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Interleukin-1 receptor antagonist in refractory haemochromatosis-related arthritis of the hands
  1. Augustin Latourte,
  2. Aline Frazier,
  3. Claire Brière,
  4. Hang-Korng Ea,
  5. Pascal Richette
  1. Fédération de Rhumatologie, Université Paris 7, UFR médicale, Assistance Publique Hôpitaux de Paris, Hôpital Lariboisière, Paris, France
  1. Correspondence to Professor Pascal Richette, Fédération de Rhumatologie, Université Paris 7, UFR médicale, Assistance Publique Hôpitaux de Paris, Hôpital Lariboisière, 2 Rue Ambroise Paré, 75475 Paris cedex 10, Paris 75010, France; pascal.richette{at}lrb.aphp.fr

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Patients with hereditary haemochromatosis (HH) may present arthralgia in the hands and large joints or severe arthropathy mimicking osteoarthritis typically involving metacarpophalangeal (MCP) joints 2 and 3.1–3 This arthropathy, which may seriously affect quality of life, was reported to occur in 20%–50% of HH patients with articular complaints and can coexist with calcium pyrophosphate deposition.4–6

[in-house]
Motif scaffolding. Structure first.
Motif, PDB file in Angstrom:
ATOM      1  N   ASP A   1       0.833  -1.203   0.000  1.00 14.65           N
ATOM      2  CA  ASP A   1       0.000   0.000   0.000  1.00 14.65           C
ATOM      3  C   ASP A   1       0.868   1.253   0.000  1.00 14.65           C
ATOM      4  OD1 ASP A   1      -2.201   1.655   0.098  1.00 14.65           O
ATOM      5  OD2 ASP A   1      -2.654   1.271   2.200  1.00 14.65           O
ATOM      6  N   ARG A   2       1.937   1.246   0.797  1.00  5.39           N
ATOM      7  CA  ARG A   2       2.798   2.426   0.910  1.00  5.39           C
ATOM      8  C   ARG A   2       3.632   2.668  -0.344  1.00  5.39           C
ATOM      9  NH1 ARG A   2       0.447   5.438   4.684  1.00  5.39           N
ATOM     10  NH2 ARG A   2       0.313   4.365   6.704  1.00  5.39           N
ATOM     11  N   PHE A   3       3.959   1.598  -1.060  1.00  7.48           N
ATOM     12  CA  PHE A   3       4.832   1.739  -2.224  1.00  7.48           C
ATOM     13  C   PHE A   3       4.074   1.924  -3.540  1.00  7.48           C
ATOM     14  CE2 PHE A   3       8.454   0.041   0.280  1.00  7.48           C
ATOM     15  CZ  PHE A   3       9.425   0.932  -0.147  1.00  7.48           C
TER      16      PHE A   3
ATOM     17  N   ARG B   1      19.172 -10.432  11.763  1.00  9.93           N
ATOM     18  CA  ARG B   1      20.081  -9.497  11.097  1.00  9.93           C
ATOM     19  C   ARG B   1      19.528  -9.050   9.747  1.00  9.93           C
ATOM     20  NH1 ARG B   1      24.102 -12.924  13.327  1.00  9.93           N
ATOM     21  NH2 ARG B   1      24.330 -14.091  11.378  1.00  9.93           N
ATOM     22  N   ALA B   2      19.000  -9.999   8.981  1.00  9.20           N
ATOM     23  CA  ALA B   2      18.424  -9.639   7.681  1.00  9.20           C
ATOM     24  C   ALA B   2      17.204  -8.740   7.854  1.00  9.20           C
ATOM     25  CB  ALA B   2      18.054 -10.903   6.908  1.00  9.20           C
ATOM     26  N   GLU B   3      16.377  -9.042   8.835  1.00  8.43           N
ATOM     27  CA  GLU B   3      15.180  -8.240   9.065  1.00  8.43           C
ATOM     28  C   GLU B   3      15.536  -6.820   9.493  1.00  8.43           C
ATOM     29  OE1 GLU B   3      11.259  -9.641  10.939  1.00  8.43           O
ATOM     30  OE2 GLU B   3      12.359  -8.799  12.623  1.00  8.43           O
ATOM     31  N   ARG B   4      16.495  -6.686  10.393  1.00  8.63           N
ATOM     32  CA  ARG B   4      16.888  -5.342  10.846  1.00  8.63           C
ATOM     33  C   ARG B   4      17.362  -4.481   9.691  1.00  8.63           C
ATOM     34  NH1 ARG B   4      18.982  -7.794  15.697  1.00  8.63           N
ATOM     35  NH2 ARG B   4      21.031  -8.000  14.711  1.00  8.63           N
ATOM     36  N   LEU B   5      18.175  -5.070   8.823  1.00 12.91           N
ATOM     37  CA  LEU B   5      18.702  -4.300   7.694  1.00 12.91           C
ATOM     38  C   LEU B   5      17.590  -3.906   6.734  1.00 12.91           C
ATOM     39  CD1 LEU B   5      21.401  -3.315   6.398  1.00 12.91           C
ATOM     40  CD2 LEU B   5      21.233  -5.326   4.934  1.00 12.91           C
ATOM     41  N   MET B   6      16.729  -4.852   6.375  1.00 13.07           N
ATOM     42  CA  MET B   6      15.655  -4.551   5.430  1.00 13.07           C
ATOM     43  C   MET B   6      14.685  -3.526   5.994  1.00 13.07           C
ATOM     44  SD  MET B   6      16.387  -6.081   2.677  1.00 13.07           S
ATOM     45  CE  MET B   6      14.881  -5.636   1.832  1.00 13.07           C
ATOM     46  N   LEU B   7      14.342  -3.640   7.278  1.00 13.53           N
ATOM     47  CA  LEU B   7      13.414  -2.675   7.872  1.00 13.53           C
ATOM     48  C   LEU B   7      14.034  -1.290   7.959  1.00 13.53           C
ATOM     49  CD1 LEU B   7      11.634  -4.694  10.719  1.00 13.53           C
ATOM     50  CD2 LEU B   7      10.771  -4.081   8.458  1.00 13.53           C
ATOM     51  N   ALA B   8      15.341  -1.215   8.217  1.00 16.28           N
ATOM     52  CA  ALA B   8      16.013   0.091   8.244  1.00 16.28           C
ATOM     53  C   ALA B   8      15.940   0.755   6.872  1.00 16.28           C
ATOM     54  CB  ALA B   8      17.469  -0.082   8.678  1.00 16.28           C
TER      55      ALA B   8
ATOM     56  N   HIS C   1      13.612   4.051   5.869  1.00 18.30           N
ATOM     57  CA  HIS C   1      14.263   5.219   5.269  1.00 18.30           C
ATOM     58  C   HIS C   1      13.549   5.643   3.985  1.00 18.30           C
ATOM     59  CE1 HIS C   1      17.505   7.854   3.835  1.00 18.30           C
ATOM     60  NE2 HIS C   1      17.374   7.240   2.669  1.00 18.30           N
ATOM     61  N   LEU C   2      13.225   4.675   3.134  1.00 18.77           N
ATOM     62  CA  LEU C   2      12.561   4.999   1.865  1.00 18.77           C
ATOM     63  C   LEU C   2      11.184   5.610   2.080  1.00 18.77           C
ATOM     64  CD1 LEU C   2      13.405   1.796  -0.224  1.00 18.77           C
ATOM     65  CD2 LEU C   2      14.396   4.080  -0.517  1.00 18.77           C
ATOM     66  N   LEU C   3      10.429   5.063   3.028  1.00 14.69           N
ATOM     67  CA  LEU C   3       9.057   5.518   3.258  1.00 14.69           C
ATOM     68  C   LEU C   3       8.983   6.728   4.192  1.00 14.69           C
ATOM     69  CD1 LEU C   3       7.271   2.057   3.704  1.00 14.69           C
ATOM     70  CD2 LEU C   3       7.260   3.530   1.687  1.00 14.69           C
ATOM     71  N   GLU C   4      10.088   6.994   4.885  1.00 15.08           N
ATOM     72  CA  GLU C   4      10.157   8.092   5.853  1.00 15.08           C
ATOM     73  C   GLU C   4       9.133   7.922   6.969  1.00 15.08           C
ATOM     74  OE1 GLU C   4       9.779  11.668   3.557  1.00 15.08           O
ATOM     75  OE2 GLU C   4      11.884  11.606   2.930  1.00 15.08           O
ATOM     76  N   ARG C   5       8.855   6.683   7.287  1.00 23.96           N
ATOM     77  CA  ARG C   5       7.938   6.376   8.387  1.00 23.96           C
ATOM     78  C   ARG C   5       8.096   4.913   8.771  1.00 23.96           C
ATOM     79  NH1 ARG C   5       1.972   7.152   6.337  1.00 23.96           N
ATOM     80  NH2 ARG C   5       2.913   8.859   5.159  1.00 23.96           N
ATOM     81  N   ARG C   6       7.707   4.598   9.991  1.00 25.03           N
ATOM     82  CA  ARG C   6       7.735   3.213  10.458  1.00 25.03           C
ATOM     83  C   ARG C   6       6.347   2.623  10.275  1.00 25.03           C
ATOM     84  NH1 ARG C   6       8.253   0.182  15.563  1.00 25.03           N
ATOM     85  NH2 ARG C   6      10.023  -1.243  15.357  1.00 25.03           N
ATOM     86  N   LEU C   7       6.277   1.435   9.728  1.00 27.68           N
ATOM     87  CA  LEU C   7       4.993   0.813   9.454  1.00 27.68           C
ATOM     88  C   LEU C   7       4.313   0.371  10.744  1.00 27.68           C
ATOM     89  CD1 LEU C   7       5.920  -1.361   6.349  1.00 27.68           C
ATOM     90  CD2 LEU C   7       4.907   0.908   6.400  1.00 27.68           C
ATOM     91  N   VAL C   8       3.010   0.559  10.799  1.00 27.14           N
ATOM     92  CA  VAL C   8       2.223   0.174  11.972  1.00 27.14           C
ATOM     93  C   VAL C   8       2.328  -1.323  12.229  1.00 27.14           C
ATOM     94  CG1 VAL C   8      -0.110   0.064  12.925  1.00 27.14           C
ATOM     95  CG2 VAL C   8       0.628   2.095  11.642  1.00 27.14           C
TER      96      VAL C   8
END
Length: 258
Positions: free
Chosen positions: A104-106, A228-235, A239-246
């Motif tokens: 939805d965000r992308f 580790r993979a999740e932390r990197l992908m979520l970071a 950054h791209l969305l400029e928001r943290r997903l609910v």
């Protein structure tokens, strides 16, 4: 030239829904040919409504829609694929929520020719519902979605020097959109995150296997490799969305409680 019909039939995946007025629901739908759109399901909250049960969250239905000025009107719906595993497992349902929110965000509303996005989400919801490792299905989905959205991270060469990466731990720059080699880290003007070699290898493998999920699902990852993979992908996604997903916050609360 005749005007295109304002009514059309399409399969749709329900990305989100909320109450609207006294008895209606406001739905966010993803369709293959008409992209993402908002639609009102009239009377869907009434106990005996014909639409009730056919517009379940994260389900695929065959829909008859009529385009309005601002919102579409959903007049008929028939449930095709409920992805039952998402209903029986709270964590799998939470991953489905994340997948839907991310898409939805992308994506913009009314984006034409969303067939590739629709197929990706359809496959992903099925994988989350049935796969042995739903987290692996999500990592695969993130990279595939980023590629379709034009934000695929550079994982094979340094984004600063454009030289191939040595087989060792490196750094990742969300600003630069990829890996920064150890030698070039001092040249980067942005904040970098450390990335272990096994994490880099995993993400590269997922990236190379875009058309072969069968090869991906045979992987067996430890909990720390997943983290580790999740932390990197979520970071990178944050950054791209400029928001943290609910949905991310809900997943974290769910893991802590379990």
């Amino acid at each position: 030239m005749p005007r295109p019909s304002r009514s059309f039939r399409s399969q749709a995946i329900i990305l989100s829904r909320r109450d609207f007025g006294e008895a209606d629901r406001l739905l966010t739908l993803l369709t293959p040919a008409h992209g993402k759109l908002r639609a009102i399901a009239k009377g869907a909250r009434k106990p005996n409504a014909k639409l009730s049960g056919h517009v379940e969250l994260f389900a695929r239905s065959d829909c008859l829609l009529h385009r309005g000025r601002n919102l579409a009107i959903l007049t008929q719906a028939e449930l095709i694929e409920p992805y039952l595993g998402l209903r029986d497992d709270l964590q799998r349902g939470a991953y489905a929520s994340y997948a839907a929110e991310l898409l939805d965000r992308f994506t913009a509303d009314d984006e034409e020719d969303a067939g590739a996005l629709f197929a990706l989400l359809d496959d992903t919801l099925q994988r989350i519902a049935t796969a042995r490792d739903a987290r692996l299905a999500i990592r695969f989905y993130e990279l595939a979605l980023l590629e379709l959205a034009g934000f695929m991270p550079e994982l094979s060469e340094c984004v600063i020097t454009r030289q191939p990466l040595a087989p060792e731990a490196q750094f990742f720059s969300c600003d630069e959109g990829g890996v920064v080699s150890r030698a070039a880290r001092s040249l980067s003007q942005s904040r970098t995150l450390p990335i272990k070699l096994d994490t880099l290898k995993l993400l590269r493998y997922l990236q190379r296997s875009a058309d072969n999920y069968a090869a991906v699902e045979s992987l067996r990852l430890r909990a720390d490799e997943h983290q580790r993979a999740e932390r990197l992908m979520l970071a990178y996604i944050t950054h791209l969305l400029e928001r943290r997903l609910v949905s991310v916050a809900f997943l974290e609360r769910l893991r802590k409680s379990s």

Hand arthropathy is not alleviated by phlebotomy, and in a few patients, disease is refractory or intolerant to standard treatments such as non-steroidal anti-inflammatory drugs (NSAIDs), low-dose colchicine or analgesics. Thus, these patients remain without adequate treatment.

Given the frequent presence of local inflammatory symptoms in MCP joints and the discovery that interleukin 1β (IL-1β) plays a key role in the pathogenesis of arthritis due to …

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